I had been invited because of work we had done to improve the outcome of breast cancer care in Glasgow.
One of the organisers was Alain Enthoven who helped Mrs Thatcher introduce the internal market of purchasers, providers and self-governing trusts to the NHS.
I was introduced by the chairman who expressed his disdain for the NHS by saying, “the UK NHS is an information-free zone except in Glasgow where this guy knows what he is buying”.
I expected a meeting of academics, focused on improving health and well-being of the population. Instead, it was more of a business meeting with most of the delegates being senior managers and politicians.
After two days, I got into the car taking us back to San Francisco Airport with the only other European at the meeting, a medical academic from Maastricht.
As the car pulled away, we looked at each other and said: “What on earth was that all about?"
After much shaking of heads, we agreed that they thought the future of the US healthcare system lay in getting the World Trade Organisation to deregulate healthcare in other countries so that US corporations could tender to run them! We laughed. The EU would never allow that!
Within days of the end of the Brexit transition period, Tory MPs voted to remove protection for the NHS in trade negotiations, overturning a House of Lords amendment that would have provided protection.
The US system, driven as it is by profit, overtreats people and, although it spends more on healthcare than any other country, it has the lowest life expectancy and the highest suicide rate in the OECD group of countries. It also has one of the highest rates of hospitalisations from preventable causes and the highest rate of avoidable deaths.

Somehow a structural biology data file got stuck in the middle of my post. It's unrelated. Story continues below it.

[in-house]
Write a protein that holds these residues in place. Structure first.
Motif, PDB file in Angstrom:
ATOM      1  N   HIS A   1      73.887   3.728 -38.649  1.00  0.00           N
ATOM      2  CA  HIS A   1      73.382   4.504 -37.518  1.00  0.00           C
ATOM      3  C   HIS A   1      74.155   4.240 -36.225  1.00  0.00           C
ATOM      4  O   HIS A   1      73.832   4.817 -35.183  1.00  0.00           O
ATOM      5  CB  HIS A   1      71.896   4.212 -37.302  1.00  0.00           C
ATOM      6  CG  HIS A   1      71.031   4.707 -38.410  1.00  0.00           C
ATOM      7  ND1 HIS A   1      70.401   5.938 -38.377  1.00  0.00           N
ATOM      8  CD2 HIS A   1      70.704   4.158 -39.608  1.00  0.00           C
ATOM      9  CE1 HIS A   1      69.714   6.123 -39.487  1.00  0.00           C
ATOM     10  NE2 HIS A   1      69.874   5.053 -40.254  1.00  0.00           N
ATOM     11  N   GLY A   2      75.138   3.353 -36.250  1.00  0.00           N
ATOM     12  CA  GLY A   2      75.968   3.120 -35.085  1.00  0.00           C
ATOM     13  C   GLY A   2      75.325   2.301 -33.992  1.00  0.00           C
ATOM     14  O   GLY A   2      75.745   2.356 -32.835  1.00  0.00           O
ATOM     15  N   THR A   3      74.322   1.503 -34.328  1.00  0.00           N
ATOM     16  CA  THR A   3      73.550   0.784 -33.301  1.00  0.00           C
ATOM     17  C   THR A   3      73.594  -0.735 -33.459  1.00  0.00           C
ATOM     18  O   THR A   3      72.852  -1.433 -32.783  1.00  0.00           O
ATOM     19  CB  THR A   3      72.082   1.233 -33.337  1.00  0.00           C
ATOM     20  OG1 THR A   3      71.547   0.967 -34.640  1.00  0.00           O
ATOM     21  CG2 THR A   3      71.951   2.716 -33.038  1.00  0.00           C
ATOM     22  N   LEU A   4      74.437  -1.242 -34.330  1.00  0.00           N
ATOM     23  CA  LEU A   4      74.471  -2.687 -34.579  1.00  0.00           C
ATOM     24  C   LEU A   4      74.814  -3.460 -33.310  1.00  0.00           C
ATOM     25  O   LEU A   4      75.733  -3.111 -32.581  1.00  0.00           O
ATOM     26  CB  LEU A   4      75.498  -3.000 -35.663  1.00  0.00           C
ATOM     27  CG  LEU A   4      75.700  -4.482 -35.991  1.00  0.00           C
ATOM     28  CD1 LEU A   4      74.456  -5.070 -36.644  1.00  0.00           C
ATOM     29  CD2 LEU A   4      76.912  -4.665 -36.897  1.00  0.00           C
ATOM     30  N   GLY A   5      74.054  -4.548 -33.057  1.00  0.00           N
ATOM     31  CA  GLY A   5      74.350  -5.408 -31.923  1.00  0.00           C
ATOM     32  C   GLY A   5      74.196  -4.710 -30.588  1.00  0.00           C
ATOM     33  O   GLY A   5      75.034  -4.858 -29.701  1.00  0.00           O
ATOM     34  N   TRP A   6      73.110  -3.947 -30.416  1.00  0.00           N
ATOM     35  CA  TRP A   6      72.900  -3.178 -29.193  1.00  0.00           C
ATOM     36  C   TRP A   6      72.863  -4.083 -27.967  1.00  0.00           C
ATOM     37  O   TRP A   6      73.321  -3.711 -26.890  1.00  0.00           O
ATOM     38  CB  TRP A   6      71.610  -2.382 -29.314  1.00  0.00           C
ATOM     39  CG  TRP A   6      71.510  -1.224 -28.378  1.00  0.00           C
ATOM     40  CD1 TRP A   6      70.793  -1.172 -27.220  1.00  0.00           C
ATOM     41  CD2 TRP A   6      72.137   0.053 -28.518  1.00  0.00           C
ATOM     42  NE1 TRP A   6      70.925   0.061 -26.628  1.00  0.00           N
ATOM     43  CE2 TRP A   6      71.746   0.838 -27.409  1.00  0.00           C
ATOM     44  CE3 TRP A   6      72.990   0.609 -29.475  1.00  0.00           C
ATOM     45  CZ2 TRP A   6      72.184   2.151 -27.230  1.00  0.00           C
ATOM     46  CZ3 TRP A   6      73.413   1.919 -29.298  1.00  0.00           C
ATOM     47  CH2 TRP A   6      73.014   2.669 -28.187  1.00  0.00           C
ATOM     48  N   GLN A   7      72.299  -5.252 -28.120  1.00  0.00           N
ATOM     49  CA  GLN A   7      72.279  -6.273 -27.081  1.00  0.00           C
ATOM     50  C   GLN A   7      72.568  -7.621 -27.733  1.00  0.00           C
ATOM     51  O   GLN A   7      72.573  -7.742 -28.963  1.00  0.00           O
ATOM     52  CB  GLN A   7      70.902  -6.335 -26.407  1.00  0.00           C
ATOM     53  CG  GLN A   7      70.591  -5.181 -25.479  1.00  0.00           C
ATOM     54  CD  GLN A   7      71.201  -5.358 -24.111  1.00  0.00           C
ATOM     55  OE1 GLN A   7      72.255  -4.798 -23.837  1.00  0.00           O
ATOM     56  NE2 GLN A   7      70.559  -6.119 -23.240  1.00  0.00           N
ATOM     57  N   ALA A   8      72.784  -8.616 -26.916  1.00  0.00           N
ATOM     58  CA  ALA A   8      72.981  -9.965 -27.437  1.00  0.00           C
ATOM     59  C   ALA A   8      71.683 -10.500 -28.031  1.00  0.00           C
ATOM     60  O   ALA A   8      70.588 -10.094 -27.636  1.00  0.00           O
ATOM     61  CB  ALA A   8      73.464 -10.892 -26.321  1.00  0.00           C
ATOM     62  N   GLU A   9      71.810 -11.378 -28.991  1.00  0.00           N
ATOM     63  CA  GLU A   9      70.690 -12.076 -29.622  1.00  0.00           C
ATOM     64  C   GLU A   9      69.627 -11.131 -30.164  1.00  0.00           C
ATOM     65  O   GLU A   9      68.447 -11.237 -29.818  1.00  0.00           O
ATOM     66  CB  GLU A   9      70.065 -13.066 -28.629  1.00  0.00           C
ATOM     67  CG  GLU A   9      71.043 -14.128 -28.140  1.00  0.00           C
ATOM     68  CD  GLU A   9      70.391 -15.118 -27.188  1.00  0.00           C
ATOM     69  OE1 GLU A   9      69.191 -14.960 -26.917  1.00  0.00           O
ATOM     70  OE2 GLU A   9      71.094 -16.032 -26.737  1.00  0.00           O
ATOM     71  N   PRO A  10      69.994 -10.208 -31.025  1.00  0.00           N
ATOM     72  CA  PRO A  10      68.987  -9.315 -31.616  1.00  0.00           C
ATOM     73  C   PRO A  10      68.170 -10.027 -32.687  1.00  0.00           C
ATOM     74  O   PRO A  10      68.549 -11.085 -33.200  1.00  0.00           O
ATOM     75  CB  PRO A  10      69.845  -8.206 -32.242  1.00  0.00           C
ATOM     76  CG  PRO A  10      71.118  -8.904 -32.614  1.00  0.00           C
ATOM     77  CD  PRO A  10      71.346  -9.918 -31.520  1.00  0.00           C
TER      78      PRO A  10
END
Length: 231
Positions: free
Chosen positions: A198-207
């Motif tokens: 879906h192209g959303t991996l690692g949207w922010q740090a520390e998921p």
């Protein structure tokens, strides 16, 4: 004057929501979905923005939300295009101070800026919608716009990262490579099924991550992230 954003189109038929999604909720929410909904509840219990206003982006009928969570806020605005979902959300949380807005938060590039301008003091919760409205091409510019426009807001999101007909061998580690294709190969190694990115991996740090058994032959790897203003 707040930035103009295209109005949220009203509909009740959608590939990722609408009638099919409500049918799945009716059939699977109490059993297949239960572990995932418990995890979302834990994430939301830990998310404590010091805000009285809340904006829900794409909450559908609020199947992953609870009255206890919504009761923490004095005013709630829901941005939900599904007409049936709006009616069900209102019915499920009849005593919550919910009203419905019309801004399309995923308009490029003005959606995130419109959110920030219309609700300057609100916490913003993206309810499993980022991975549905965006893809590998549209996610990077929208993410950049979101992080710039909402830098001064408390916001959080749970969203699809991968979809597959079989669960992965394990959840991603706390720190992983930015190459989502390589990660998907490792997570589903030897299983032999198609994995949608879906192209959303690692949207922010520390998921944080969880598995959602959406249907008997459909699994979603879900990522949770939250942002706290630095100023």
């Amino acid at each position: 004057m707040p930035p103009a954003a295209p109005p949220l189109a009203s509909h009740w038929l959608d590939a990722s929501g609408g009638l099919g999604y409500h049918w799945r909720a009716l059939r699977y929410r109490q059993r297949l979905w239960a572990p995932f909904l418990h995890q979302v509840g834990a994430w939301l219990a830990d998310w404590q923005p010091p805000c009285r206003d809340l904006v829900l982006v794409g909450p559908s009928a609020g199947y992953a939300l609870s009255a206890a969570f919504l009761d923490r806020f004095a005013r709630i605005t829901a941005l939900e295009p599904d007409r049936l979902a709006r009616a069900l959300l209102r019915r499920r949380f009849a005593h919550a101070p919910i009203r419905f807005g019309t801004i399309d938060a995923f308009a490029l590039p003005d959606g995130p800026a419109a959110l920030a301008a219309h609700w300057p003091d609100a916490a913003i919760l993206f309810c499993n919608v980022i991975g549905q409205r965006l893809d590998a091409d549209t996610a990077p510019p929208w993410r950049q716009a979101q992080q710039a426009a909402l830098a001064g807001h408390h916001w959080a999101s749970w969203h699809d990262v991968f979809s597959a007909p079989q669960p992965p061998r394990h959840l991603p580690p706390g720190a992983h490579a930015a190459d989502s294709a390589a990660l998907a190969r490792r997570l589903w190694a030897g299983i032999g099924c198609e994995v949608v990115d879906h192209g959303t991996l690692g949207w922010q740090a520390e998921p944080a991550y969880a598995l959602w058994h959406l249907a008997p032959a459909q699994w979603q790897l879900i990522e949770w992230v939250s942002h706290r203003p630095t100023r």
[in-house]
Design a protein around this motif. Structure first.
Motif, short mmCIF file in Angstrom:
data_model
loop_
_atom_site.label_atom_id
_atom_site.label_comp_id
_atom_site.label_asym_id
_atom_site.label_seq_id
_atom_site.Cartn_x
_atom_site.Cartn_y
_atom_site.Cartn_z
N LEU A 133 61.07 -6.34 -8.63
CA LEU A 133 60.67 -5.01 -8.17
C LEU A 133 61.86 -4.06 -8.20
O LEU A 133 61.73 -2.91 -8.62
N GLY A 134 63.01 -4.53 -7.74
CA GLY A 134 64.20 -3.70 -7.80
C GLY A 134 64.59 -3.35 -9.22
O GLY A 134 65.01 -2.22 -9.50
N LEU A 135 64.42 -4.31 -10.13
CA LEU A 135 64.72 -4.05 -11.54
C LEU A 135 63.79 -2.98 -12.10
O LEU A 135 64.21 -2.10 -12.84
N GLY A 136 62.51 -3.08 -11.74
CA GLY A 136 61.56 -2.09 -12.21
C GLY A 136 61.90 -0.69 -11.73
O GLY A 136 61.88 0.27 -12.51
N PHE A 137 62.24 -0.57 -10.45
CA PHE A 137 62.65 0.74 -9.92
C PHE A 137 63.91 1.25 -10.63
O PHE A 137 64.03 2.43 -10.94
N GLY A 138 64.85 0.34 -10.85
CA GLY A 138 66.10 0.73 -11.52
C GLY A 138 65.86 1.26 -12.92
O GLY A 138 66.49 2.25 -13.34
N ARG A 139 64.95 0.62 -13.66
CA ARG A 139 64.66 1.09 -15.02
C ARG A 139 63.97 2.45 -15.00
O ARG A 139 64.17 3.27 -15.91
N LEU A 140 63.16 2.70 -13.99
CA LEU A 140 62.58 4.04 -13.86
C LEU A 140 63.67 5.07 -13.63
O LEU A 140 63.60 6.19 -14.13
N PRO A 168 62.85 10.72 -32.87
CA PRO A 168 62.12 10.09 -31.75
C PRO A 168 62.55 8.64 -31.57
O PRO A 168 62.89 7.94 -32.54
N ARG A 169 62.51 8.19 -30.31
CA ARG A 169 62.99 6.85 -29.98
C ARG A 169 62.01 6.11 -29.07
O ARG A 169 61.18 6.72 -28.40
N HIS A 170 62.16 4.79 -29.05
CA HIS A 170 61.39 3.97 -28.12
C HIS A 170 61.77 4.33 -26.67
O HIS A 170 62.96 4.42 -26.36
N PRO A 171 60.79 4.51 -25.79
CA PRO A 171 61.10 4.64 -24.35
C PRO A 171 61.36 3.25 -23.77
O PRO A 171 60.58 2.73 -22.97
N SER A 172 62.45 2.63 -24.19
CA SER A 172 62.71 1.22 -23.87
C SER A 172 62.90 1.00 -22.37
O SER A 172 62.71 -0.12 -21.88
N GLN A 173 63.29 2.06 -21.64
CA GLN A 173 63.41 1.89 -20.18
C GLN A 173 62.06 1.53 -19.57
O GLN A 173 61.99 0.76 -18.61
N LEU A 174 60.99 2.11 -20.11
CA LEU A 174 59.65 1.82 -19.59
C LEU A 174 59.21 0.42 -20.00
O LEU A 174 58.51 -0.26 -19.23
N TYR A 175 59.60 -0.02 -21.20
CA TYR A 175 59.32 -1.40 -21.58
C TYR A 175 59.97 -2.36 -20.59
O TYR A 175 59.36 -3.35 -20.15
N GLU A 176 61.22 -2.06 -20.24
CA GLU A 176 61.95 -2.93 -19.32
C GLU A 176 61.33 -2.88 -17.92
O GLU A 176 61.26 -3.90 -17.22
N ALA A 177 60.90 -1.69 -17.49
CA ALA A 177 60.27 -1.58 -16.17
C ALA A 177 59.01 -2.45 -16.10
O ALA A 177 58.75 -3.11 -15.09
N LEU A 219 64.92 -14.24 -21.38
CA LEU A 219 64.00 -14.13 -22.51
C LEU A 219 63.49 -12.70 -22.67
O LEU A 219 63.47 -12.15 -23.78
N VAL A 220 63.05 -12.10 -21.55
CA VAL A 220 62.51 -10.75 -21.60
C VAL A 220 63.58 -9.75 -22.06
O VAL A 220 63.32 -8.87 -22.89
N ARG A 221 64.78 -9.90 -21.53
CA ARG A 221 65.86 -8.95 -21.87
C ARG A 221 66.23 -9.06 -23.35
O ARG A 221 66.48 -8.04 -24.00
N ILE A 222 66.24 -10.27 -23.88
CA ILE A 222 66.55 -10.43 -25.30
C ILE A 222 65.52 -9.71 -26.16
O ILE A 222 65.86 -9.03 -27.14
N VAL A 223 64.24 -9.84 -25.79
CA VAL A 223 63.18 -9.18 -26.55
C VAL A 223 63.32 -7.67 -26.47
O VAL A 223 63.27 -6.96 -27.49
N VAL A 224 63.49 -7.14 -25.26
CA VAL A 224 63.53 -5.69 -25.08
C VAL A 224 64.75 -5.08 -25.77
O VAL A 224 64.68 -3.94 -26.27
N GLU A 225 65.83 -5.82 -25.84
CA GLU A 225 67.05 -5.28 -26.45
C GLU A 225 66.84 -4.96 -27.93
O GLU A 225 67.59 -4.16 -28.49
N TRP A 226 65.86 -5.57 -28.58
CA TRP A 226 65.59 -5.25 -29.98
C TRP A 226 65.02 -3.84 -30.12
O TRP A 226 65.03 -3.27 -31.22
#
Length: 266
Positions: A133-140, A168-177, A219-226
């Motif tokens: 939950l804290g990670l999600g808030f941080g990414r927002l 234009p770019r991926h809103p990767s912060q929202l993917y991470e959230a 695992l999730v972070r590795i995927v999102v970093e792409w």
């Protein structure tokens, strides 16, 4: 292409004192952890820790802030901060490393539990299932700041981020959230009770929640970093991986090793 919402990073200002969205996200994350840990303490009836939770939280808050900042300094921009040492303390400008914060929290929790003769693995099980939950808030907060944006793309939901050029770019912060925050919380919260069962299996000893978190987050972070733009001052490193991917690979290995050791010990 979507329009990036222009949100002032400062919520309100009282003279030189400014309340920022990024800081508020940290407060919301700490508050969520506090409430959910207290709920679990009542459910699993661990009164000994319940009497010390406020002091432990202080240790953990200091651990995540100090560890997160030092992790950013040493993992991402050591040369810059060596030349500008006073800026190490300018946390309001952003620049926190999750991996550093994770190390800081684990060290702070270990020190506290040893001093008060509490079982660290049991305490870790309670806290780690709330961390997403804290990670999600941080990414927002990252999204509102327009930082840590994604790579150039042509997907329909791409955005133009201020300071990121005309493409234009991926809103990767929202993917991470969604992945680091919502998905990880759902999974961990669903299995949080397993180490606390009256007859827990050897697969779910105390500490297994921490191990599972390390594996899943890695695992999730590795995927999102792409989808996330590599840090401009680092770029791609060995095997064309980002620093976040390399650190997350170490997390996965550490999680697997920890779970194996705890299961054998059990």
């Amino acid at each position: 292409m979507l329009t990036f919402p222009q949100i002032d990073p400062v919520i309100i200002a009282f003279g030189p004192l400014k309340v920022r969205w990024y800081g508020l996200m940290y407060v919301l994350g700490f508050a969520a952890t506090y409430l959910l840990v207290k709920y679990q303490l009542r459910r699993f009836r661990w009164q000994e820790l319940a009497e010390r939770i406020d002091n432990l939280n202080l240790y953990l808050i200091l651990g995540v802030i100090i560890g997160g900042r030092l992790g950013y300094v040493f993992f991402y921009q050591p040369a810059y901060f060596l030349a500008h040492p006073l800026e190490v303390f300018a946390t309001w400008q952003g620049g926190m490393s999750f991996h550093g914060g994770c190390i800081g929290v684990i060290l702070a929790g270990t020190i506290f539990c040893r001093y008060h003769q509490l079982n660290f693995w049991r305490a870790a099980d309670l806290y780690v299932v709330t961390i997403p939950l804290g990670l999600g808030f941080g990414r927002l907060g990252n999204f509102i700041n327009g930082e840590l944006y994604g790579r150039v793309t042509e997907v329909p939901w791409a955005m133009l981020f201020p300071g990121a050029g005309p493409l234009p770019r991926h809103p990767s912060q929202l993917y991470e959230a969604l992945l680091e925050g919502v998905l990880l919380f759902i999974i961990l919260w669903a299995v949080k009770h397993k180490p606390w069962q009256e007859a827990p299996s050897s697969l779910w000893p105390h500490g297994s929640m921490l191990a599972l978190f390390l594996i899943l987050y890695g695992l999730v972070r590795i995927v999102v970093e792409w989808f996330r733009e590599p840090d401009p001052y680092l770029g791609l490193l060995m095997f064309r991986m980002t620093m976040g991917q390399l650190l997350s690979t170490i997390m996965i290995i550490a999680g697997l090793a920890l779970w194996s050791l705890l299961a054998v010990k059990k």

Amongst developed countries, the US has the highest death rate of mothers during childbirth. The Commonwealth Fund reviews health system performance in developed countries.
It assesses quality, access, efficiency, equity and life expectancy. The UK, Australia and the Netherlands are top performers while the US consistently ranks last of the seven countries reviewed. Why on Earth would we want them running our system?
In the first few months of the Covid outbreak, ministers awarded £1.5 billion of contracts to companies with links to the Tories. The National Audit office has described a "high priority lane" for companies recommended by politicians and officials.
These companies were ten times more likely to win a contract than those not in the priority lane. Could it be that the Tories who voted to put the NHS on the open market see more profit on the horizon for their friends and benefactors?
Obviously, they will deny that the NHS is up for sale or that they will entertain bids from abroad to run the NHS.
However, it looks like WTO rules mean they must allow bids from the US if any NHS service has previously been competitively tendered. If that happens, an independent Scotland within the EU will sound very appealing to many more voters.